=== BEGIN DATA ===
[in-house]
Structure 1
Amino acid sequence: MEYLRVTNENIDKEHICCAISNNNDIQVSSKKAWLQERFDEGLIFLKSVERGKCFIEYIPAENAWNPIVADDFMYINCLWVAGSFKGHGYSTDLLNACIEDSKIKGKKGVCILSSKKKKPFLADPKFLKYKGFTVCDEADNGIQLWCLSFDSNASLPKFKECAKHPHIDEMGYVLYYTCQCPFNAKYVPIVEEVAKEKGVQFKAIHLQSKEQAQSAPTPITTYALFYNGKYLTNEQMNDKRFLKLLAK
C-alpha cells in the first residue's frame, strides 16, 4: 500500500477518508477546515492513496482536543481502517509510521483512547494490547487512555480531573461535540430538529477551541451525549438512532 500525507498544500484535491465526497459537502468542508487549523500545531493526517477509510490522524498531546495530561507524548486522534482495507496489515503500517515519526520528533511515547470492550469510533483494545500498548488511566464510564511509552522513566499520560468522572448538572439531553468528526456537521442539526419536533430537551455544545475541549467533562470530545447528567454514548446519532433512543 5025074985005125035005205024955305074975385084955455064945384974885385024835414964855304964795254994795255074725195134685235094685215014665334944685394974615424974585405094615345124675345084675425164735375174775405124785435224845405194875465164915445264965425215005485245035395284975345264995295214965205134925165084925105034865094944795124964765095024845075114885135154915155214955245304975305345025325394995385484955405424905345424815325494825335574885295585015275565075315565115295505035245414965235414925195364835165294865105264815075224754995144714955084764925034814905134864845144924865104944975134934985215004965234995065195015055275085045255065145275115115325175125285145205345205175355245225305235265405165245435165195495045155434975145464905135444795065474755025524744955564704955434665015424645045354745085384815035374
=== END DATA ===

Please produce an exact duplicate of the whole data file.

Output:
[in-house]
Structure 1
Amino acid sequence: MEYLRVTNENIDKEHICCAISNNNDIQVSSKKAWLQERFDEGLIFLKSVERGKCFIEYIPAENAWNPIVADDFMYINCLWVAGSFKGHGYSTDLLNACIEDSKIKGKKGVCILSSKKKKPFLADPKFLKYKGFTVCDEADNGIQLWCLSFDSNASLPKFKECAKHPHIDEMGYVLYYTCQCPFNAKYVPIVEEVAKEKGVQFKAIHLQSKEQAQSAPTPITTYALFYNGKYLTNEQMNDKRFLKLLAK
C-alpha cells in the first residue's frame, strides 16, 4: 500500500477518508477546515492513496482536543481502517509510521483512547494490547487512555480531573461535540430538529477551541451525549438512532 500525507498544500484535491465526497459537502468542508487549523500545531493526517477509510490522524498531546495530561507524548486522534482495507496489515503500517515519526520528533511515547470492550469510533483494545500498548488511566464510564511509552522513566499520560468522572448538572439531553468528526456537521442539526419536533430537551455544545475541549467533562470530545447528567454514548446519532433512543 5025074985005125035005205024955305074975385084955455064945384974885385024835414964855304964795254994795255074725195134685235094685215014665334944685394974615424974585405094615345124675345084675425164735375174775405124785435224845405194875465164915445264965425215005485245035395284975345264995295214965205134925165084925105034865094944795124964765095024845075114885135154915155214955245304975305345025325394995385484955405424905345424815325494825335574885295585015275565075315565115295505035245414965235414925195364835165294865105264815075224754995144714955084764925034814905134864845144924865104944975134934985215004965234995065195015055275085045255065145275115115325175125285145205345205175355245225305235265405165245435165195495045155434975145464905135444795065474755025524744955564704955434665015424645045354745085384815035374